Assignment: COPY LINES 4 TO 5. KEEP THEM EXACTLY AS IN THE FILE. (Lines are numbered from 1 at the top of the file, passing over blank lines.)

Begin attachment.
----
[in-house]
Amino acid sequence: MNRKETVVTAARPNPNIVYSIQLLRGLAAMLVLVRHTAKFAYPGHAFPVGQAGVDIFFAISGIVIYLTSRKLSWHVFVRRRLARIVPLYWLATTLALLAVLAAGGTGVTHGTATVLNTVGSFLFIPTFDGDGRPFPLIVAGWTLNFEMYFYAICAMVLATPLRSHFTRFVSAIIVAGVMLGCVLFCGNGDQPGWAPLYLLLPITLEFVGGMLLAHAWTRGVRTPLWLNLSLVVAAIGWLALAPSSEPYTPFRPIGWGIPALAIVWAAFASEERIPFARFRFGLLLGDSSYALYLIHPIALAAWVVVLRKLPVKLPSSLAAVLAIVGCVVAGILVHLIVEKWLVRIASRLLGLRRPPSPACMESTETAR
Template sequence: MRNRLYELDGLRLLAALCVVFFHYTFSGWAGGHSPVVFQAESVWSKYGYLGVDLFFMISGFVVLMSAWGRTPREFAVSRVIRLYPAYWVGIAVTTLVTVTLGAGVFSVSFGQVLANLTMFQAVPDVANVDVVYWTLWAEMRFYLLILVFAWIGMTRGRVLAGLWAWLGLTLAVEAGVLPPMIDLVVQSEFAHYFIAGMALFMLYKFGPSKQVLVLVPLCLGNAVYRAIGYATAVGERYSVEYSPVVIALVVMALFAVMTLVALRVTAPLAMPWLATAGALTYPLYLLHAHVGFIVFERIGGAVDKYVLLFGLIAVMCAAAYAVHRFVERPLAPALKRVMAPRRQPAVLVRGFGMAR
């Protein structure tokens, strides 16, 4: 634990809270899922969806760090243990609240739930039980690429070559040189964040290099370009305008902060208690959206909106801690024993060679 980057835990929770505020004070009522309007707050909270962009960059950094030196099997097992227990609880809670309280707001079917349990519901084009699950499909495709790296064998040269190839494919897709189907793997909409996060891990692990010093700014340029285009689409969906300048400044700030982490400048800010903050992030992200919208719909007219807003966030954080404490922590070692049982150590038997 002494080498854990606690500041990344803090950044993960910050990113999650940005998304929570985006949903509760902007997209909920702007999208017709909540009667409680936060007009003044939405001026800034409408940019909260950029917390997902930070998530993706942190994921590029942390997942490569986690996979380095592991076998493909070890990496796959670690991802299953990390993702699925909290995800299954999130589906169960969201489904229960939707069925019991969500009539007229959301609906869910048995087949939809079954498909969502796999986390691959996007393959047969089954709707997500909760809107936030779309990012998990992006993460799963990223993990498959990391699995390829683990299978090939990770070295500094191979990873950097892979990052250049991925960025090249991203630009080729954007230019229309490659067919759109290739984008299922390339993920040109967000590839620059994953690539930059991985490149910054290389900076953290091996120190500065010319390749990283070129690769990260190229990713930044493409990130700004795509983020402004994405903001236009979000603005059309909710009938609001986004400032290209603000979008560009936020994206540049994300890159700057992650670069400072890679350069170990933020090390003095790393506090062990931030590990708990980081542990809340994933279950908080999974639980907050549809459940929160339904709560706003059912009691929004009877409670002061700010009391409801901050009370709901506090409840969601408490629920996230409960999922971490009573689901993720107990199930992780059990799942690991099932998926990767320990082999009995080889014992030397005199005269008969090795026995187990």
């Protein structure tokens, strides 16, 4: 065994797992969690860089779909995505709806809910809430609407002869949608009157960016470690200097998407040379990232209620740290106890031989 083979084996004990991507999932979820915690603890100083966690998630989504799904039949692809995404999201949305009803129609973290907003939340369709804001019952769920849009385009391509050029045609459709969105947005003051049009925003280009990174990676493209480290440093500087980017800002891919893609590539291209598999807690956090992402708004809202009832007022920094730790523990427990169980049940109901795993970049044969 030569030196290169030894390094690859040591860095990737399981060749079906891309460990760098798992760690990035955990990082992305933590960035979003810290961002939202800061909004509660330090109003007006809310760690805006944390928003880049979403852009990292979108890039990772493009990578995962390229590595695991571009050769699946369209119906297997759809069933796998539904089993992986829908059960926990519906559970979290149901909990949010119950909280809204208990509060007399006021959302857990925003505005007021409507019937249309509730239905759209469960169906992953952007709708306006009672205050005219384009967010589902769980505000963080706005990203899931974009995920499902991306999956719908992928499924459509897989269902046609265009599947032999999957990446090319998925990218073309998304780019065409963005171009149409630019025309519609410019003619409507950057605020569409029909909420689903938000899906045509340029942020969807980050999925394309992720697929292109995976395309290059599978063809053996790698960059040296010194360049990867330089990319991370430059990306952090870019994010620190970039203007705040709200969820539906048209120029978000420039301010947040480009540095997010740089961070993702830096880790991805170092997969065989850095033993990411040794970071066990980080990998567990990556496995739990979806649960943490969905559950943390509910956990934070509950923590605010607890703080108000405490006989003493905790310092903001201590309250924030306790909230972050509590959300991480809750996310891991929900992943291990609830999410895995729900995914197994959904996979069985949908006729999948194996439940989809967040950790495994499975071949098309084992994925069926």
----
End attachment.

């Protein structure tokens, strides 16, 4: 634990809270899922969806760090243990609240739930039980690429070559040189964040290099370009305008902060208690959206909106801690024993060679 980057835990929770505020004070009522309007707050909270962009960059950094030196099997097992227990609880809670309280707001079917349990519901084009699950499909495709790296064998040269190839494919897709189907793997909409996060891990692990010093700014340029285009689409969906300048400044700030982490400048800010903050992030992200919208719909007219807003966030954080404490922590070692049982150590038997 002494080498854990606690500041990344803090950044993960910050990113999650940005998304929570985006949903509760902007997209909920702007999208017709909540009667409680936060007009003044939405001026800034409408940019909260950029917390997902930070998530993706942190994921590029942390997942490569986690996979380095592991076998493909070890990496796959670690991802299953990390993702699925909290995800299954999130589906169960969201489904229960939707069925019991969500009539007229959301609906869910048995087949939809079954498909969502796999986390691959996007393959047969089954709707997500909760809107936030779309990012998990992006993460799963990223993990498959990391699995390829683990299978090939990770070295500094191979990873950097892979990052250049991925960025090249991203630009080729954007230019229309490659067919759109290739984008299922390339993920040109967000590839620059994953690539930059991985490149910054290389900076953290091996120190500065010319390749990283070129690769990260190229990713930044493409990130700004795509983020402004994405903001236009979000603005059309909710009938609001986004400032290209603000979008560009936020994206540049994300890159700057992650670069400072890679350069170990933020090390003095790393506090062990931030590990708990980081542990809340994933279950908080999974639980907050549809459940929160339904709560706003059912009691929004009877409670002061700010009391409801901050009370709901506090409840969601408490629920996230409960999922971490009573689901993720107990199930992780059990799942690991099932998926990767320990082999009995080889014992030397005199005269008969090795026995187990």
């Protein structure tokens, strides 16, 4: 065994797992969690860089779909995505709806809910809430609407002869949608009157960016470690200097998407040379990232209620740290106890031989 083979084996004990991507999932979820915690603890100083966690998630989504799904039949692809995404999201949305009803129609973290907003939340369709804001019952769920849009385009391509050029045609459709969105947005003051049009925003280009990174990676493209480290440093500087980017800002891919893609590539291209598999807690956090992402708004809202009832007022920094730790523990427990169980049940109901795993970049044969 030569030196290169030894390094690859040591860095990737399981060749079906891309460990760098798992760690990035955990990082992305933590960035979003810290961002939202800061909004509660330090109003007006809310760690805006944390928003880049979403852009990292979108890039990772493009990578995962390229590595695991571009050769699946369209119906297997759809069933796998539904089993992986829908059960926990519906559970979290149901909990949010119950909280809204208990509060007399006021959302857990925003505005007021409507019937249309509730239905759209469960169906992953952007709708306006009672205050005219384009967010589902769980505000963080706005990203899931974009995920499902991306999956719908992928499924459509897989269902046609265009599947032999999957990446090319998925990218073309998304780019065409963005171009149409630019025309519609410019003619409507950057605020569409029909909420689903938000899906045509340029942020969807980050999925394309992720697929292109995976395309290059599978063809053996790698960059040296010194360049990867330089990319991370430059990306952090870019994010620190970039203007705040709200969820539906048209120029978000420039301010947040480009540095997010740089961070993702830096880790991805170092997969065989850095033993990411040794970071066990980080990998567990990556496995739990979806649960943490969905559950943390509910956990934070509950923590605010607890703080108000405490006989003493905790310092903001201590309250924030306790909230972050509590959300991480809750996310891991929900992943291990609830999410895995729900995914197994959904996979069985949908006729999948194996439940989809967040950790495994499975071949098309084992994925069926």